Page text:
MIDDLETOWN — Town administrators on Monday released a 2020 fiscal year budget that includes an increase in real estate taxes.

Officials revealed a proposed budget of $2,341,314 in expenses and anticipated revenue coming in at $2,339,544.

The tax increase is needed to help pay for an upgrade to the wastewater treatment plant that is failing as well as other infrastructure needs. Town administrators proposed increasing the town’s real estate tax by 3 1/2 cents, raising it from 6 1/2 to 10 cents per hundred dollars of assessed value. That would increase taxes on a $100,000 home by $35 a year – from $65 to $100 per year.

Middletown Mayor Charles Harbaugh, who has campaigned for years on the fact that the town has not increased taxes in years, said Monday evening he would be the last person who wanted to increase taxes but it appears to be necessary.

“In this day and age, it is pretty remarkable that the town of Middletown has been able to not raise real estate taxes in 27 years but the condition of our sewer plant means that council has to consider it,” he said.

Council members in April approved an upgrade to the plant that is estimated to cost $4.8 million. This option would remove the plant’s bio-wheels and replace them with a modern system as well as construct a new larger basin for increased capacity. The upgrade provides the highest potential for increased treatment performance and future capacity increase if needed.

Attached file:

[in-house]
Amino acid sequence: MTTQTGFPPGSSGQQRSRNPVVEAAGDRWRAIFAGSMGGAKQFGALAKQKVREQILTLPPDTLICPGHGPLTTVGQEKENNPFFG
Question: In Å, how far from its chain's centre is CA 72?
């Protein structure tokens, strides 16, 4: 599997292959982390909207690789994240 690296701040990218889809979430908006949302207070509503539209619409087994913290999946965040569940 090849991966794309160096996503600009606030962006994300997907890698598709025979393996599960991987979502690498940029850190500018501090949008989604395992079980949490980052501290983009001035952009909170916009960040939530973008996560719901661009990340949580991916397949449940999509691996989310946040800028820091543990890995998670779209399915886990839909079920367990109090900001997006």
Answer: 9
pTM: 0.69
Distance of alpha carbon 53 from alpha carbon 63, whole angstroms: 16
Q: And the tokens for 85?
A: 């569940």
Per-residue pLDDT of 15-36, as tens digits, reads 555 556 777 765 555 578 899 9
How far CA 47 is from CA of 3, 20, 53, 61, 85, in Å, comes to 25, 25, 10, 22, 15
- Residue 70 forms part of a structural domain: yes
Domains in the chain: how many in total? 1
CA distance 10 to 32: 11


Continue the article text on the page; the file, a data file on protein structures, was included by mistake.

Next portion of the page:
On Monday, council learned from Town Public Works Superintendent Les Morefield that one side of a bio-wheel had fallen to the bottom of the plant’s aeration tank. A conversation with Keith Lane, an engineer with Peed & Bortz, determined it would cost $50,000 to fix. Morefield and other employees at the plant have come up with a temporary fix that would cost about $4,000 in parts. They notified by letter the Virginia Department of Environmental Quality that they will use existing blowers, bubble diffusers and pipes to modify the treatment process.

If approved, the tax increase would be the first increase since 1992. The proposed increase would bring the tax rate back to what it was in 1992. It was then that the real estate tax was dropped from 10 cents per $100 of assessed value to 6 1/2 cents per $100 because of how successful some businesses, including the Wayside Inn, were doing at the time.

Several town officials pointed out that even with the increase, the community has the lowest rate in the area.

Council members George Smith and Carolyn Aliff did not agree with the increase.

Smith said he could support a 2-cent increase now with a 1 1/2-cent-increase next year.

There are also proposed increases to sewer service charges.

The proposed budget shows anticipated general fund revenue of $754,307, anticipated sewer fund revenue of $991,160, and anticipated water fund revenue of $594,076,

Town administrators anticipate miscellaneous expenses of $18,200, administrative expenses of $265,600, zoning department expenses of $65,000, police department expenses of $415,914, a fire department grant expense of $10,000, maintanence department expenses of $297,000, sewer department expense of $617,000, and water expense of $652,600.

Town administration is still working on setting additional dates regarding the budget, including the public hearing. An advertisement will appear in the Northern Virginia Daily with confirmed dates.

The council tentatively could have its first and second readings of the proposed budget on June 17.

A public hearing on the budget could be held on June 17. The budget is tentatively scheduled for its last reading, and possible approval, on June 25.

– Contact Melissa Topey at mtopey@nvdaily.com